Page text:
Taylor Swift may have made an entire generation fall in love with music, consuming them in dreams of ideal romance, cladding them in the shroud of heartbreak too. But making such a mark on the audience didn’t come so easy for the pop singer, as she’s had her share of controversies for which she has been amply criticized.
Growing as an artist and businesswoman through the years of her eventful career, Swift has often been in controversial spaces — from the way she has presented a music video to, well, just being. Remember when Kanye West got on the stage at the MTV Music Awards in 2009, grabbing the mic from her hand and cutting her short? That may have just been one example of the intensity people have felt towards her, often enough to brew a controversy.
Over the years, there have been several controversies that have challenged Swift’s reputation. The singer has braved them all, in her own style, drawing praises and criticisms all the same. So while the sound of sister albums “Folklore” and “Evermore” still lingers in our ears, it might just be the time to pick out that one controversy around Swift that stands above the rest. Here’s more!
Did Taylor Swift steal the Folklore logo from a Black business owner?
Taylor Swift leaves a long trail of controversies around her. However, this one newer controversy does manage to stand above the rest, as it deals with her work ethic and how she promotes her music and merchandise.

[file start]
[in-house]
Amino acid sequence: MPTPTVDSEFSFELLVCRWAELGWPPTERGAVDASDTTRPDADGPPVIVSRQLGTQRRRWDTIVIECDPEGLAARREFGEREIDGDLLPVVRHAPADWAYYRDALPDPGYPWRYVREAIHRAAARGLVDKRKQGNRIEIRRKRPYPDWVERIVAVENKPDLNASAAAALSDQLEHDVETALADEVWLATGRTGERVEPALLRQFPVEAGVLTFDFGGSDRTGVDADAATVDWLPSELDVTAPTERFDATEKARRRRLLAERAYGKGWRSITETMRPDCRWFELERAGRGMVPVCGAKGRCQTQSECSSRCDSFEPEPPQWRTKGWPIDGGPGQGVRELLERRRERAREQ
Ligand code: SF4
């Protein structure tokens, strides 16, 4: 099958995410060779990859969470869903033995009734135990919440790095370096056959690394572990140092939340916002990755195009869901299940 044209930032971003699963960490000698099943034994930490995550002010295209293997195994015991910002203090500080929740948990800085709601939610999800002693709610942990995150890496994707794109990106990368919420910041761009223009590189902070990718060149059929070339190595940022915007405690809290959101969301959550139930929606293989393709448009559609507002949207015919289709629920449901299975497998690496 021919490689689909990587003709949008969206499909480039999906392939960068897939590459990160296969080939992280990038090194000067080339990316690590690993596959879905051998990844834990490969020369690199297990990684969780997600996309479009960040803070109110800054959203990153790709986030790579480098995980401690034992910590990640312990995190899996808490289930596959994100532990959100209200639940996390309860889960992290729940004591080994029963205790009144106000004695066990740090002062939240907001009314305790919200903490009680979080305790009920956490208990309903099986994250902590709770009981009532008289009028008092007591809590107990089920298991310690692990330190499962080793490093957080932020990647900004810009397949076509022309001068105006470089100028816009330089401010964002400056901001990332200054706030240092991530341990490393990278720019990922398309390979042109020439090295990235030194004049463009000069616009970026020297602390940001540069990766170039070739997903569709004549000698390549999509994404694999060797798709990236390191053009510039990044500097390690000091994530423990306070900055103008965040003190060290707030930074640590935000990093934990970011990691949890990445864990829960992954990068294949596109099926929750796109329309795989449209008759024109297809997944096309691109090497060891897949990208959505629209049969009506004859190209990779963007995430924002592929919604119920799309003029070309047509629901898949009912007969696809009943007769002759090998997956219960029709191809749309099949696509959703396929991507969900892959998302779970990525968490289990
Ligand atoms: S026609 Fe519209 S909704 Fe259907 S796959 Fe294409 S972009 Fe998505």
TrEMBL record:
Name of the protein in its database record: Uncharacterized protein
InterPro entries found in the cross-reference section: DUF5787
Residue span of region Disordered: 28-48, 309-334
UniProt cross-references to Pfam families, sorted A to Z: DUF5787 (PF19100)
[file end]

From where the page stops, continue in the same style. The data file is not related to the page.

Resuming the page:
In July 2020, The Folklore — a showroom selling fashion from the African diaspora and Africa — accused Swift’s team of ripping off the brand’s logo and using it on some of the “Folklore” album merchandise. “Wait hold up. Taylor Swift, it’s one thing to use the name ‘Folklore,’ but we’re out here stealing Black women’s logos too?” Founder Amira Rasool tweeted. “Based on the similarities of the design, I believe the designer of the merch ripped off my company’s logo,” Rasool later wrote on Instagram. “I am sharing my story to bring light to the trend of large companies/celebrities copying the work of small minority-owned business owners.”
The controversy around a merchandise logo was not something Swift and her team may have wanted to entertain at that moment, especially when a new album was out. The team was quick to issue an apology. “Yesterday, we were made aware of a complaint that the specific use of the word ‘the’ before ‘folklore album’ on some of the folklore album merchandise was of concern,” said a representative of Swift to ABC’s “Good Morning America.” Swift later tweeted that she admired Rasool’s work and was happy to make a contribution to her company. All’s well that ends well?
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